Another thing the Jones East course is known for is its alternate layouts. It’s not like a typical course with multiple tees and/or basket locations on each shot. Instead, holes 3, 4, 7-9 feature alternate tee pads, with alternate baskets on holes 1, 3-6, 8, 9, 12, 13, 15, and 18.

It’s not as confusing as it sounds, with everything laid out so you can clearly identify your target and choice on each hole. There are also a number of brilliantly designed elevation holes. Be sure to pack your ultra-high-speed drivers for the long fairways (holes 2 and 16 are over 600’ long), and some fairway drivers with high glide numbers. 

While it’s certainly not a heavily wooded course, trees do play a significant role in how you mold your throws. There’s nothing better than a course that uses the trees to make disc golfers think strategically, and Jones East does that very well. 

Nantucket Disc Golf Course – Nantucket, MA

Features

  • 18 holes
  • Par 68
  • DISCatcher baskets
  • Rubber tee pads
  • Cart friendly
  • 6,404’ to 8,773’ course length
  • It’s a John Houch-designed course
  • The Sunken Ship Disc golf shop nearby
  • Multiple tee pad locations

You know Massachusetts is doing pretty well for its state disc golf players when two courses make it into the best disc golf courses in the US list. There is no doubt that Nantucket DGC deserves a spot. While it’s not as versatile as some of the other courses on this list, there are beginner and veteran tee pads throughout the entire course. 

John Houck designed this course, and he is, bar none, one of my favorite course designers. Houck always manages to put together a strategic layout, regardless of the local topography. One stand-out feature of this course design is the huge disparity between fairway lengths. 

The shortest hole on the course is 178’, while the longest is 868’. However, the disparity is well mixed in, with nothing feeling wildly out of place. The course is also unforgiving if you get off the fairway; however, a frequent circumstance considering the prevalence of heavy winds in Nantucket. 

Fairways are carved out of the natural environment with precision and an eye toward strategy. While there are some long holes on this course, it’s rarely recommended to grip it and rip it, as your approach shot is probably the most important shot out of all. That’s also a recurring theme throughout the course.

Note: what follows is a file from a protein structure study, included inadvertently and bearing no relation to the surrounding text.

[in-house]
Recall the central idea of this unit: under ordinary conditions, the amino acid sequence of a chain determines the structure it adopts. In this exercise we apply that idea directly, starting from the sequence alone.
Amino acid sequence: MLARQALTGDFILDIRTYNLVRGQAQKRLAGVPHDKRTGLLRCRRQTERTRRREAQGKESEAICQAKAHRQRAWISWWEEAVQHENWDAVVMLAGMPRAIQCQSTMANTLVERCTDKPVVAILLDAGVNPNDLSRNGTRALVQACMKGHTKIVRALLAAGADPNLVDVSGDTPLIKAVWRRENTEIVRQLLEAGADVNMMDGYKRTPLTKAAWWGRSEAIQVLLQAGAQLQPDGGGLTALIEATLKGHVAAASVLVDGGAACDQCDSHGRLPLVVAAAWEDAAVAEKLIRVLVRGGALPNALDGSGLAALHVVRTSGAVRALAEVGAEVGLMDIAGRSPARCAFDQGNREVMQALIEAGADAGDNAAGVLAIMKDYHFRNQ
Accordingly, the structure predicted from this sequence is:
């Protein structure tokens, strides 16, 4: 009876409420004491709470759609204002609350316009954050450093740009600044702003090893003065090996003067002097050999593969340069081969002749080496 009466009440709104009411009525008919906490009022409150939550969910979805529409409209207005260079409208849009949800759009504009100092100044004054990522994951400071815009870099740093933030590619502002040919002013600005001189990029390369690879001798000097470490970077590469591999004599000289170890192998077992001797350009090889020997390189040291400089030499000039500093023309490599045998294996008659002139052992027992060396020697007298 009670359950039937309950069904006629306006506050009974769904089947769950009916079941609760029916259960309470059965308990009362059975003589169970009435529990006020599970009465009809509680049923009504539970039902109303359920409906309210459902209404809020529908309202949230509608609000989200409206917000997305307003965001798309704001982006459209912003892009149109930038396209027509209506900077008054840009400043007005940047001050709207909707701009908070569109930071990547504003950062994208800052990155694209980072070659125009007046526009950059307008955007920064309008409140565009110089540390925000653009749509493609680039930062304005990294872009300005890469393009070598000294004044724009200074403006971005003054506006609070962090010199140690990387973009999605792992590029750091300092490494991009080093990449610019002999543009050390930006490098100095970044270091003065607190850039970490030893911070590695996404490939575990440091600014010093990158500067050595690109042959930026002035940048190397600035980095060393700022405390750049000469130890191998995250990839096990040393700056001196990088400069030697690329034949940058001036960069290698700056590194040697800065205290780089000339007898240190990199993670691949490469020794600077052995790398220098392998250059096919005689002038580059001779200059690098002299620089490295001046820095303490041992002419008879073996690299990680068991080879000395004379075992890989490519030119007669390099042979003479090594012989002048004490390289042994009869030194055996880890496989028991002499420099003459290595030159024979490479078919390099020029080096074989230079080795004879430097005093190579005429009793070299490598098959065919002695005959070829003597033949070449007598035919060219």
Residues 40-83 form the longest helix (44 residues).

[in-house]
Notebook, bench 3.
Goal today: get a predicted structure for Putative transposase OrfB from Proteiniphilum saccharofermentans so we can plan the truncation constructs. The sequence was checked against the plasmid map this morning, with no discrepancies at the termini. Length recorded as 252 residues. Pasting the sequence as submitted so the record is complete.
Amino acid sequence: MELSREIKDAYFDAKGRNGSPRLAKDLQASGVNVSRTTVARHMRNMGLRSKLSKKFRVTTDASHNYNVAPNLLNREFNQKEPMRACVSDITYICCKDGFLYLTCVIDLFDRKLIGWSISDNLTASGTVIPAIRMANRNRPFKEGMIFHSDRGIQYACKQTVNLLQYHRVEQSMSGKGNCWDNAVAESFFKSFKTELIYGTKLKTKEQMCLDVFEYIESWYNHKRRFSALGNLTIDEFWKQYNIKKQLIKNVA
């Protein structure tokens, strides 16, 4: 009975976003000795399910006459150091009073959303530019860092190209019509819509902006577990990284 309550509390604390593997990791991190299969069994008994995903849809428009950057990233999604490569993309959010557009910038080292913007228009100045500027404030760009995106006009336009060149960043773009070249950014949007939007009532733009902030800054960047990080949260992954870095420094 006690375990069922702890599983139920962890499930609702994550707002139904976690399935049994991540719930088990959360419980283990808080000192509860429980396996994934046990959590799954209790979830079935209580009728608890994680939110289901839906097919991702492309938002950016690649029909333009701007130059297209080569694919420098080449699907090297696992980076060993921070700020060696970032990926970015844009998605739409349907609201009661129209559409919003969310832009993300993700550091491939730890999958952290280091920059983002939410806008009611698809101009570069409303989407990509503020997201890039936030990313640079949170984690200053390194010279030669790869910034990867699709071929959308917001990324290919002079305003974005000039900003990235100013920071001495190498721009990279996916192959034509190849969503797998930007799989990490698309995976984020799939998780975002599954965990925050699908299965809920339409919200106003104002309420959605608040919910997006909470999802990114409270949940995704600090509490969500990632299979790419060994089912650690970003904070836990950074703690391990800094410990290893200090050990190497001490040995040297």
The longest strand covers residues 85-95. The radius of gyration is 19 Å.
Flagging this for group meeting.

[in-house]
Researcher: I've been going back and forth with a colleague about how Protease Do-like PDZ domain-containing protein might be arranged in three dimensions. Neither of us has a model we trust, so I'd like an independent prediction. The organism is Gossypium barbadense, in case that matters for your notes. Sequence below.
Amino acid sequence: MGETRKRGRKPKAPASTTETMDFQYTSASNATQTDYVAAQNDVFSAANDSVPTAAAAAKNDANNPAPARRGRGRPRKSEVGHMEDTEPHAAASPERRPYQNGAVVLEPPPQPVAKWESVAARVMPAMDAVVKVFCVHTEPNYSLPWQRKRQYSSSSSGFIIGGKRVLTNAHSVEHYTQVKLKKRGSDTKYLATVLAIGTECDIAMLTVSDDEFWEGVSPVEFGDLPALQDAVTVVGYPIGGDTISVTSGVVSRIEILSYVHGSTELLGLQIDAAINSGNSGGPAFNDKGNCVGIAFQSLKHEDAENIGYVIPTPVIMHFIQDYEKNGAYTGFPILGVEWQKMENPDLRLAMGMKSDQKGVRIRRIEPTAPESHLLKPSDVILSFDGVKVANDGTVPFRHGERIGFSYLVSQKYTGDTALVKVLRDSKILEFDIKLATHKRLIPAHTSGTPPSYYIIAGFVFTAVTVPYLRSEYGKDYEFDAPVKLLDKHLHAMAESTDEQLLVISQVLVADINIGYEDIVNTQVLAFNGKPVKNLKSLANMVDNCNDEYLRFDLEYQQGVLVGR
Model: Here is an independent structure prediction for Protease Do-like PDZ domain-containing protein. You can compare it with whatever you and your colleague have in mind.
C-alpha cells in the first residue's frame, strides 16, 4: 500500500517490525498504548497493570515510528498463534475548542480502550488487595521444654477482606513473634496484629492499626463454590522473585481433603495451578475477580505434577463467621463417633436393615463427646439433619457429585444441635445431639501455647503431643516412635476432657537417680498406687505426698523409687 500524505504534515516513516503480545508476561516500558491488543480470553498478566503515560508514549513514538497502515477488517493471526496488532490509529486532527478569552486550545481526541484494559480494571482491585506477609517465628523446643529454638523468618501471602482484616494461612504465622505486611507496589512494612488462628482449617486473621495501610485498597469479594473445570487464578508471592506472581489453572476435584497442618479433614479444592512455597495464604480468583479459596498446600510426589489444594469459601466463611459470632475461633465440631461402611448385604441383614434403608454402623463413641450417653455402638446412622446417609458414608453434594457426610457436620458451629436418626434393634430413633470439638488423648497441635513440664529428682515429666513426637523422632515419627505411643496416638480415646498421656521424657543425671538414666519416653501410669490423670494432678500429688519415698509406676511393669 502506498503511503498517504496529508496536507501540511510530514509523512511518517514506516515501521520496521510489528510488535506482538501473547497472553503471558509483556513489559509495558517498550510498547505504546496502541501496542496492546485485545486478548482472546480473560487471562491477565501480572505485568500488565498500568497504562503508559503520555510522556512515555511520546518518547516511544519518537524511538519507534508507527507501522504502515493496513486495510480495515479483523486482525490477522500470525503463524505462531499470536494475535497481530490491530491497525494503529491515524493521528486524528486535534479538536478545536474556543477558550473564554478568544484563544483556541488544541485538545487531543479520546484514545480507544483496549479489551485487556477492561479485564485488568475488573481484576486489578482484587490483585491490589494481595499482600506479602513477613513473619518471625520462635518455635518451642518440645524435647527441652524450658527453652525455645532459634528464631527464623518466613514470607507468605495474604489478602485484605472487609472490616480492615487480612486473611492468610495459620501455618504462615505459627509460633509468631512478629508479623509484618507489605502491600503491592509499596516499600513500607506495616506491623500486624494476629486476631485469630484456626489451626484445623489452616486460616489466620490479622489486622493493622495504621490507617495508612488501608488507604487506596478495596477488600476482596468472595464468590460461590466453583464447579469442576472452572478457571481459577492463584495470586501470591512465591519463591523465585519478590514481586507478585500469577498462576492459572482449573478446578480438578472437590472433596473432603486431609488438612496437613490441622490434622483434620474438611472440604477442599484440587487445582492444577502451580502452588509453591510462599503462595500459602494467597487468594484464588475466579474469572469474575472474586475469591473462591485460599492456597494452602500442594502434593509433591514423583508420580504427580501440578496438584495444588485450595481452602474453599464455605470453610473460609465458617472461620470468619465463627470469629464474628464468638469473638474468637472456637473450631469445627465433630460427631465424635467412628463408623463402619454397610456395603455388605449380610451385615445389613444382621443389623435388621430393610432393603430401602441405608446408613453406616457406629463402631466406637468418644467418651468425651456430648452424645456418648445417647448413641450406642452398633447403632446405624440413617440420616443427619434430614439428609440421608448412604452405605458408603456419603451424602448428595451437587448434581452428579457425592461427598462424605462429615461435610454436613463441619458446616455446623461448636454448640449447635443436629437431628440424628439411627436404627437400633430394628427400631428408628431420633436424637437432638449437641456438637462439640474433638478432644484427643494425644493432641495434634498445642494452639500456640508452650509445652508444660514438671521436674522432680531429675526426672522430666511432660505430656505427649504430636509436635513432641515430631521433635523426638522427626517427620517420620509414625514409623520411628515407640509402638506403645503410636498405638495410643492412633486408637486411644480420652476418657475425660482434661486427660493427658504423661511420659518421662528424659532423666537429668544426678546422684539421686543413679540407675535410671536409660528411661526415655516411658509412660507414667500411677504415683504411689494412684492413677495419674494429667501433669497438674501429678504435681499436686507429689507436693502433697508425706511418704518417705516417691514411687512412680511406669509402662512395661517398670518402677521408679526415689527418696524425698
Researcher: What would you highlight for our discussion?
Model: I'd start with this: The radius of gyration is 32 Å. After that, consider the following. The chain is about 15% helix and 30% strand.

Harmony Bends DGC – Columbia, MO

Features

  • 6,126’ to 9,245’ course length
  • x6 water holes
  • 18 holes
  • Multiple tee pads
  • Multiple pin locations
  • DISCatcher baskets
  • Concrete tee pads
  • It’s a John Houck-designed course
  • Cart friendly

It’s not a coincidence that many of the best disc golf courses in the US were designed by John Houck, and Harmony Bends is another DGC that joins that esteemed list. This is a competition-level course that’s highly popular in the Columbia area and throughout Missouri. 

There are so many things to list about the course in the Features section that I simply can’t cram it all in without losing uniformity across the article. Suffice it to say that elevation changes are a huge factor in this course. John Houck definitely used that to his advantage while designing the course. 

Like many Houck-designed courses, the fairway lengths differ to a massive degree. Throw in extreme elevation changes, and you have a recipe for breaking out every disc in your bag. There are pro and amateur tees here, with the pro tees represented by gold markers. 

Make sure you pack some discs with high glide numbers to maintain a line at a certain elevation for as long as possible. The wind isn’t much of a factor here, so you’ll get the most out of your disc design features. To top things off, this is a downright gorgeous course. It’s difficult to imagine a course with more eye candy, which is always a welcome addition.